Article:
As Rubinstein points out, interveners assume their actions are legitimate, they are the right person or group to carry out the intervention, and they have the authority (Rubinstein 2005). However, whether all these assumptions are accurate or not is a matter of perception owned by those who have experienced the intervention and would be subjected to their social and cultural interpretations.

There is a very real prospect that in a society where the majority of the population is Muslim, the need to communicate religious neutrality  would be of utmost importance to the international civilian police officer. Such neutrality could be expressed by researching the host population’s religious customs and practices and avoiding any behavior (to the best extent possible) that could be interpreted as undermining, violating, or disrespecting the respective religion. This display of respect would enhance (not guarantee) the prospect for cooperation.

Next, it is socially and culturally normal for Somalis to identify themselves by clan membership, make decisions through consensus, and interpret punishment of specific individuals as humiliation of an entire clan (Heide 2006, 5). This social and cultural awareness offers insight into strategies UN Civilian Police Officers could utilize to gain persuasive influence over the local community. For example, while millions were starving, relief agencies attempted to bring food, but “…fifty percent of their aid shipments were stolen by clan gangs” (Heide 2006, 6).

In similar situations,  UN Civilian Police Officers could consult with clans regarding acceptable punishments for those engaging  in those crimes. Such consultation would demonstrate “international respect”, solicit cooperation from those presumably on the right side of the law, and fulfill the objectives of preventing and fighting against criminal activities. This strategy lies in direct contrast to the failed mission in Somalia where a plethora of atrocities occurred after Somali factions were not consulted and thus refused to accept the deployment (Heide 2006).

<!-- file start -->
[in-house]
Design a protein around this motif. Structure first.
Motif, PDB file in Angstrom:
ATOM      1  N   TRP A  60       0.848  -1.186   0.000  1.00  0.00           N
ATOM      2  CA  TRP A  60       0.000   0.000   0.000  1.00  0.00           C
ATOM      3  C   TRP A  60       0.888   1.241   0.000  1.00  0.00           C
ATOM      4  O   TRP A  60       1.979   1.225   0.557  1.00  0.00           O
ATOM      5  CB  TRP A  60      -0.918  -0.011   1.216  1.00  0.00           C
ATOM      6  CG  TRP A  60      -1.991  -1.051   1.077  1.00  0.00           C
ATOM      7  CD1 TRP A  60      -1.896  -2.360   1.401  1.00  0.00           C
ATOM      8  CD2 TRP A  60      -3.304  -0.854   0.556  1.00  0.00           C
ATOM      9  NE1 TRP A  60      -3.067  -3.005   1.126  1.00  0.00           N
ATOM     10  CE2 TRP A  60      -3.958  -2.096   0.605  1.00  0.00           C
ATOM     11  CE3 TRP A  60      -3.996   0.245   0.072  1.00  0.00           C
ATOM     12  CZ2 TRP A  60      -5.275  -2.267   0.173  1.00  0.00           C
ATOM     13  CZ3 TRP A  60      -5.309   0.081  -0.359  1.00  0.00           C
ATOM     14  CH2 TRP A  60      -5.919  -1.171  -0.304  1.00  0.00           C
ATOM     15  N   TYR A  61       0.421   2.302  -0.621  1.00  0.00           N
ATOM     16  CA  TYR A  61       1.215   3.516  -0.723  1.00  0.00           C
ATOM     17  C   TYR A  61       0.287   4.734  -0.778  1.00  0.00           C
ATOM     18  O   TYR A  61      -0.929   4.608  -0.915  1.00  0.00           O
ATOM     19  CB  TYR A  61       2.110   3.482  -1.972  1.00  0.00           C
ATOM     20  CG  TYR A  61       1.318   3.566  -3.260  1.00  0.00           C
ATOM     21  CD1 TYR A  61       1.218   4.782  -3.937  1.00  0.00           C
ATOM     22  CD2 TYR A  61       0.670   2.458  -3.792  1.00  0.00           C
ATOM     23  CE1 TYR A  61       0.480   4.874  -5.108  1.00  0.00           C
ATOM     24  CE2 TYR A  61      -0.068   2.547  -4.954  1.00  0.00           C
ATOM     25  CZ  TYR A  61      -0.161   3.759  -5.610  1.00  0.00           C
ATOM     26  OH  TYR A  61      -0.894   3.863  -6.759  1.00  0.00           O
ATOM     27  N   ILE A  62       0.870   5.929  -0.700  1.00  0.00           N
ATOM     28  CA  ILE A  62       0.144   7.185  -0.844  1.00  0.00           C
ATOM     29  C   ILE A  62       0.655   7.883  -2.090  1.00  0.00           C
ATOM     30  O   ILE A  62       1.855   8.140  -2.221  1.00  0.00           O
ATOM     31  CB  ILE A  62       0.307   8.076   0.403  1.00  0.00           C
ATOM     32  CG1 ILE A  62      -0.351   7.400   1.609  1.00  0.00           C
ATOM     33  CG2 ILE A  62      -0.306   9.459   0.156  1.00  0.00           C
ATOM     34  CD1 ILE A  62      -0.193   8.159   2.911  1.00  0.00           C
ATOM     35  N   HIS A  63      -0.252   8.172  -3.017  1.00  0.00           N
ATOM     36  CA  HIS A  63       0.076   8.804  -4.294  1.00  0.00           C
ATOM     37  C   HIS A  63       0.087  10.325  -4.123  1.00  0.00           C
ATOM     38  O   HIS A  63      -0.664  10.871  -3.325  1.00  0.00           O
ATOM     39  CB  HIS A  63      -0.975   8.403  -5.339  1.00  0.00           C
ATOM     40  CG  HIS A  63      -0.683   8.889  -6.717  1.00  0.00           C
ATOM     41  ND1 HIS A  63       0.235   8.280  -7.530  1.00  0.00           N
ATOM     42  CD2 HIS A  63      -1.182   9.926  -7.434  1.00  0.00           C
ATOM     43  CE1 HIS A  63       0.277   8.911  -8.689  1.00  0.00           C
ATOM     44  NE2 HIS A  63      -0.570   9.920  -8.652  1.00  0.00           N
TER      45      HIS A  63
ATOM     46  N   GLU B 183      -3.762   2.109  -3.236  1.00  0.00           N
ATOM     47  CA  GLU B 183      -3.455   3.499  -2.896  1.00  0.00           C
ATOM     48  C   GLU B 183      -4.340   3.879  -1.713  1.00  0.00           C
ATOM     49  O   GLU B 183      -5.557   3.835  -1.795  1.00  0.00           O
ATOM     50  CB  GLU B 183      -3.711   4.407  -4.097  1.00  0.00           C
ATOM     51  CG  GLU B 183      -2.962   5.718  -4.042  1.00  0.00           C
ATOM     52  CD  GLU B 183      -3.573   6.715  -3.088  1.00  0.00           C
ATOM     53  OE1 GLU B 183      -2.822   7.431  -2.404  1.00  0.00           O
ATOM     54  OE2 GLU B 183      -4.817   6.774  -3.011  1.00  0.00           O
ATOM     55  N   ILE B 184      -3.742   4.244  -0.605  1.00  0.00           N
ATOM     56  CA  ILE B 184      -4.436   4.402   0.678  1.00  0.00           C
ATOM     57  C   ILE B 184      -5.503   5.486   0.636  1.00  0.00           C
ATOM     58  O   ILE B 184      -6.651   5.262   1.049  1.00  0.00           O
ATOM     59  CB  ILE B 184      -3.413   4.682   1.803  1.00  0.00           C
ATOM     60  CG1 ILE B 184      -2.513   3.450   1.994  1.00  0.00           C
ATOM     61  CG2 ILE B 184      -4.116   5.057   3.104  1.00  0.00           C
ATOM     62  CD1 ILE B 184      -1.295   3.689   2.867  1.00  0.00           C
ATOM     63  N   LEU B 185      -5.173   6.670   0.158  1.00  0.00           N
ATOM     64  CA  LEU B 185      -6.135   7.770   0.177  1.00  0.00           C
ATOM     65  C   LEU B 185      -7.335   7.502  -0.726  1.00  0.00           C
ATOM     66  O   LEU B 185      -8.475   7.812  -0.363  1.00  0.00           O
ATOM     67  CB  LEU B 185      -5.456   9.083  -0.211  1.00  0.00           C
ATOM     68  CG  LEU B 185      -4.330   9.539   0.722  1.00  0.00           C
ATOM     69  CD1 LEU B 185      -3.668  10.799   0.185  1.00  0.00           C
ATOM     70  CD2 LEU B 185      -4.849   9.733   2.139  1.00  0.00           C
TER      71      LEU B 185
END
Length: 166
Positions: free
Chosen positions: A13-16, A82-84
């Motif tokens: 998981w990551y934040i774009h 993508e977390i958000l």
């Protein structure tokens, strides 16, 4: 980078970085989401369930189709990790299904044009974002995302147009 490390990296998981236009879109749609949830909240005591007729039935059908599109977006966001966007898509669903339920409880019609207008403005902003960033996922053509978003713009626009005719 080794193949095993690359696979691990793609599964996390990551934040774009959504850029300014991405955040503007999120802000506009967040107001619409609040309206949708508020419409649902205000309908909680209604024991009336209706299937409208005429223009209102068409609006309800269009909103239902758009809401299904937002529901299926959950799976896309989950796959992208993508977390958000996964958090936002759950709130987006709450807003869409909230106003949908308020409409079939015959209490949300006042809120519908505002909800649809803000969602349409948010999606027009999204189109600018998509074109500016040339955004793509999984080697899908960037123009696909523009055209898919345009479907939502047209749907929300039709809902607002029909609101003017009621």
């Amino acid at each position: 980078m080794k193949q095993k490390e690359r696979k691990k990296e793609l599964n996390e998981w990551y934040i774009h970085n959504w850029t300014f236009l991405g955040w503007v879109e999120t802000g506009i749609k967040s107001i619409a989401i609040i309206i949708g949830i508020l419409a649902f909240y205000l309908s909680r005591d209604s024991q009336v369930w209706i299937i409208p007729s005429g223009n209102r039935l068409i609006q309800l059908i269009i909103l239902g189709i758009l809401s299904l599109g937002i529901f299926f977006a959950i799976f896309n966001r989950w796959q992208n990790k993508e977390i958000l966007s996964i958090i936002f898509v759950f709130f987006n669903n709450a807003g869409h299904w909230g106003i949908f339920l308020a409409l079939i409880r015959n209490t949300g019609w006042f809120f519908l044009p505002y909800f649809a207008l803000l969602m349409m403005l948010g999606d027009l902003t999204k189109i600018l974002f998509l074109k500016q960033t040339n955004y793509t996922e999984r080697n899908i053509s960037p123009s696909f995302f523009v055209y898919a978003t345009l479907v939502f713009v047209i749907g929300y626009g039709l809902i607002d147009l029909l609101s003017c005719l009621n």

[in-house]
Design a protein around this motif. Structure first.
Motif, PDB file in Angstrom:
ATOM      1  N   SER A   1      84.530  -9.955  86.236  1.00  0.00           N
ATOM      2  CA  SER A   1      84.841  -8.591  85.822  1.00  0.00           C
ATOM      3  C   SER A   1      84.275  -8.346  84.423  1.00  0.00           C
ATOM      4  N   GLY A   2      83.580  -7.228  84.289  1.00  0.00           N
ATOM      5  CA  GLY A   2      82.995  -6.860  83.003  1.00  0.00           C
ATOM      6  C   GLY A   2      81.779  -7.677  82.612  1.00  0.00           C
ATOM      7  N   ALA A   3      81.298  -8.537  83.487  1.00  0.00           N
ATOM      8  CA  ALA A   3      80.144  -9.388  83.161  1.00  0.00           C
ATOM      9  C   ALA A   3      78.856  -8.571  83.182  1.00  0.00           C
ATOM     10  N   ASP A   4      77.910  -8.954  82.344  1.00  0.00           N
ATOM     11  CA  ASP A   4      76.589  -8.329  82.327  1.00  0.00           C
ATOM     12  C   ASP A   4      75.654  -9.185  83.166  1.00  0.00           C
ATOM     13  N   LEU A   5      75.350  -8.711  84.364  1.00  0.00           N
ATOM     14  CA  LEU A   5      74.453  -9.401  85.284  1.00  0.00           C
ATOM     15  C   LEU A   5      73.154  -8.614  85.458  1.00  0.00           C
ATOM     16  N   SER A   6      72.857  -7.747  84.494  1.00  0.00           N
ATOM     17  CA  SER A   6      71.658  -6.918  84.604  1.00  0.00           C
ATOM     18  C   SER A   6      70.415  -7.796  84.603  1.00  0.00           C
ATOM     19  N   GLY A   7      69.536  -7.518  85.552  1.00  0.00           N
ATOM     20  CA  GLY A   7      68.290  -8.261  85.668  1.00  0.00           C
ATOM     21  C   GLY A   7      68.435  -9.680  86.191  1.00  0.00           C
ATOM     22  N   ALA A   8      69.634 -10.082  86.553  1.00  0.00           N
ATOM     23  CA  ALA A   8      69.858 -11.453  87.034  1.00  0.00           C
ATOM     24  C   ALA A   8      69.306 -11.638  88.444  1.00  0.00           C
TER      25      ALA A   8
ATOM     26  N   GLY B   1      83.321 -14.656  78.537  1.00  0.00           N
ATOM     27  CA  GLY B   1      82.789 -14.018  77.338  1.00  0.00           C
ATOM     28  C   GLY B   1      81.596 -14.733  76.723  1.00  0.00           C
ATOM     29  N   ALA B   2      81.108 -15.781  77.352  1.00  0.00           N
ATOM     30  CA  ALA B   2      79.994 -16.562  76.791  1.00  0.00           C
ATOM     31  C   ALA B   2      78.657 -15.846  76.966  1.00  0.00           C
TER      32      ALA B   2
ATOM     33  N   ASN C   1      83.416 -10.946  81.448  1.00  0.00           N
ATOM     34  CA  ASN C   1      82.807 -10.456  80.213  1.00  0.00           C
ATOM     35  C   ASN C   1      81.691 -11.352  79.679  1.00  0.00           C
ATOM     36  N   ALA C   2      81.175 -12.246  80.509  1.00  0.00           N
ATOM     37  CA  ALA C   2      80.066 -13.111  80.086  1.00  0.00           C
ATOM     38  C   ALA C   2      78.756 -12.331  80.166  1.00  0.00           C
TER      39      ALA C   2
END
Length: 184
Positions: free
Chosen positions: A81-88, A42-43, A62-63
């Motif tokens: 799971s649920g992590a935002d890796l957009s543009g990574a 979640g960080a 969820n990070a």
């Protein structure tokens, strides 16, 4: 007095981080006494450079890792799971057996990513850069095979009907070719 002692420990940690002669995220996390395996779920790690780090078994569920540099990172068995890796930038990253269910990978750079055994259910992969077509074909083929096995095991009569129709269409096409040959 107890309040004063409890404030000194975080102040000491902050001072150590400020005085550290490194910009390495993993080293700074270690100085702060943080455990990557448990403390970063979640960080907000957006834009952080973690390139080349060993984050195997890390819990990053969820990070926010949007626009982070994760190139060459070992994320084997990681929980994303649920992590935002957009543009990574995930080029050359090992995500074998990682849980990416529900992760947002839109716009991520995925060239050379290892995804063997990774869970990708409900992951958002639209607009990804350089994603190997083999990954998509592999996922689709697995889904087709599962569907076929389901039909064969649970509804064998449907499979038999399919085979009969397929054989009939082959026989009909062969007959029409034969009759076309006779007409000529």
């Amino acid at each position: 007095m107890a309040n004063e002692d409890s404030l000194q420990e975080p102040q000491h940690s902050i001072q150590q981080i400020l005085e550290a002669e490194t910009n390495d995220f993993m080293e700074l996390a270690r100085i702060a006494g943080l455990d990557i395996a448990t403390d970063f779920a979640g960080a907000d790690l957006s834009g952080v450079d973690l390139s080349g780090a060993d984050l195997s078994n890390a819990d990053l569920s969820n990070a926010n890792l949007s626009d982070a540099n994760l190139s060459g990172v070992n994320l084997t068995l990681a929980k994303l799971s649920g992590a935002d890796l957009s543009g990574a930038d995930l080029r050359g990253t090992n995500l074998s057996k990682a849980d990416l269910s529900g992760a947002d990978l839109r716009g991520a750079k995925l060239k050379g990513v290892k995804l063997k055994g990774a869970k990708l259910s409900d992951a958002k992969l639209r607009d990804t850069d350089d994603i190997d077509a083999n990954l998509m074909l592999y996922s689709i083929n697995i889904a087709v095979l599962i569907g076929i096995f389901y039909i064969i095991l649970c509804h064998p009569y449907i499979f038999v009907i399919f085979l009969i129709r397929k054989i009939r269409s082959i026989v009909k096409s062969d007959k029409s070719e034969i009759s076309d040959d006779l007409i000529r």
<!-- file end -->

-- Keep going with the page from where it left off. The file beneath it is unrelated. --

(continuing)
References

Bicchieri, Christina and Muldoon, Ryan, “Social Norms”, The Stanford Encyclopedia of Philosophy (Spring 2014 Edition), Edward N. Zalta (ed.), URL = http://plato.stanford.edu/archives/spr2014/entries/social-norms/.

Heide, Rachel. “Obligation of the Home Front: The Necessity of Cultural Awareness Training for Interventions in the New World Order.” “After the Fall: Theory and Practice of Post-Intervention Security.” Ottawa : Centre for Security and Defence Studies Conference, 2006. 1-37.

Langholtz, Harvey. United Nations Police: Restoring Civil OrderFollowing Hostilities. Prod. Peace Operations Training Institute. 2008.

Rubinstein, Robert. “Intervention and Culture: An Anthropological Approach to Peace Operations.” Security Dialogue (Sage Publications) 36, no. 4 (2005): 527-544.

Advertisements

Leave a Reply

Fill in your details below or click an icon to log in:

WordPress.com Logo

You are commenting using your WordPress.com account. Log Out / Change )

Twitter picture

You are commenting using your Twitter account. Log Out / Change )

Facebook photo

You are commenting using your Facebook account. Log Out / Change )

Google+ photo

You are commenting using your Google+ account. Log Out / Change )

Connecting to %s